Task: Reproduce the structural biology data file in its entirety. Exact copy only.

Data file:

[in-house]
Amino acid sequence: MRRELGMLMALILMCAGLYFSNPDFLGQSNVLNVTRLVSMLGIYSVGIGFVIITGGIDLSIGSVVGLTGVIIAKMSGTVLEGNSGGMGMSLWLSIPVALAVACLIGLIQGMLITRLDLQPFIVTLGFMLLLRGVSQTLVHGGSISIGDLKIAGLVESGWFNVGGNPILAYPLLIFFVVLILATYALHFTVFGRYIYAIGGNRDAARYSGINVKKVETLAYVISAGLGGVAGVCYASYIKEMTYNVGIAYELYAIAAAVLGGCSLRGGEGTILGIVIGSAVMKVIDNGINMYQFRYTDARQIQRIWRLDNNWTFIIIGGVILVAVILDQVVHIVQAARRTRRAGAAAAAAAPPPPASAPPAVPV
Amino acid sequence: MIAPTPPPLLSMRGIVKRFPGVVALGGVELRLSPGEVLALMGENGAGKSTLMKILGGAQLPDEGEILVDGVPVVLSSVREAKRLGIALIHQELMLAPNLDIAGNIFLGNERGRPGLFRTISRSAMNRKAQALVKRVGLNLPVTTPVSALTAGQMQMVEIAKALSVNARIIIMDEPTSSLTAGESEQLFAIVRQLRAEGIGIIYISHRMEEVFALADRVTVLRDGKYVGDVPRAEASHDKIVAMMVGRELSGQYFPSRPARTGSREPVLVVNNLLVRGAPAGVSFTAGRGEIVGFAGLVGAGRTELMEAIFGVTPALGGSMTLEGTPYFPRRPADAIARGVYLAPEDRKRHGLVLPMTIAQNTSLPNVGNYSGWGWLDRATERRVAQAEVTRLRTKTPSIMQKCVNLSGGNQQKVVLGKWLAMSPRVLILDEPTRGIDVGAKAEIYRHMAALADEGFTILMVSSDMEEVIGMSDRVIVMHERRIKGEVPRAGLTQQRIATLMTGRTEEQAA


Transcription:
[in-house]
Amino acid sequence: MRRELGMLMALILMCAGLYFSNPDFLGQSNVLNVTRLVSMLGIYSVGIGFVIITGGIDLSIGSVVGLTGVIIAKMSGTVLEGNSGGMGMSLWLSIPVALAVACLIGLIQGMLITRLDLQPFIVTLGFMLLLRGVSQTLVHGGSISIGDLKIAGLVESGWFNVGGNPILAYPLLIFFVVLILATYALHFTVFGRYIYAIGGNRDAARYSGINVKKVETLAYVISAGLGGVAGVCYASYIKEMTYNVGIAYELYAIAAAVLGGCSLRGGEGTILGIVIGSAVMKVIDNGINMYQFRYTDARQIQRIWRLDNNWTFIIIGGVILVAVILDQVVHIVQAARRTRRAGAAAAAAAPPPPASAPPAVPV
Amino acid sequence: MIAPTPPPLLSMRGIVKRFPGVVALGGVELRLSPGEVLALMGENGAGKSTLMKILGGAQLPDEGEILVDGVPVVLSSVREAKRLGIALIHQELMLAPNLDIAGNIFLGNERGRPGLFRTISRSAMNRKAQALVKRVGLNLPVTTPVSALTAGQMQMVEIAKALSVNARIIIMDEPTSSLTAGESEQLFAIVRQLRAEGIGIIYISHRMEEVFALADRVTVLRDGKYVGDVPRAEASHDKIVAMMVGRELSGQYFPSRPARTGSREPVLVVNNLLVRGAPAGVSFTAGRGEIVGFAGLVGAGRTELMEAIFGVTPALGGSMTLEGTPYFPRRPADAIARGVYLAPEDRKRHGLVLPMTIAQNTSLPNVGNYSGWGWLDRATERRVAQAEVTRLRTKTPSIMQKCVNLSGGNQQKVVLGKWLAMSPRVLILDEPTRGIDVGAKAEIYRHMAALADEGFTILMVSSDMEEVIGMSDRVIVMHERRIKGEVPRAGLTQQRIATLMTGRTEEQAA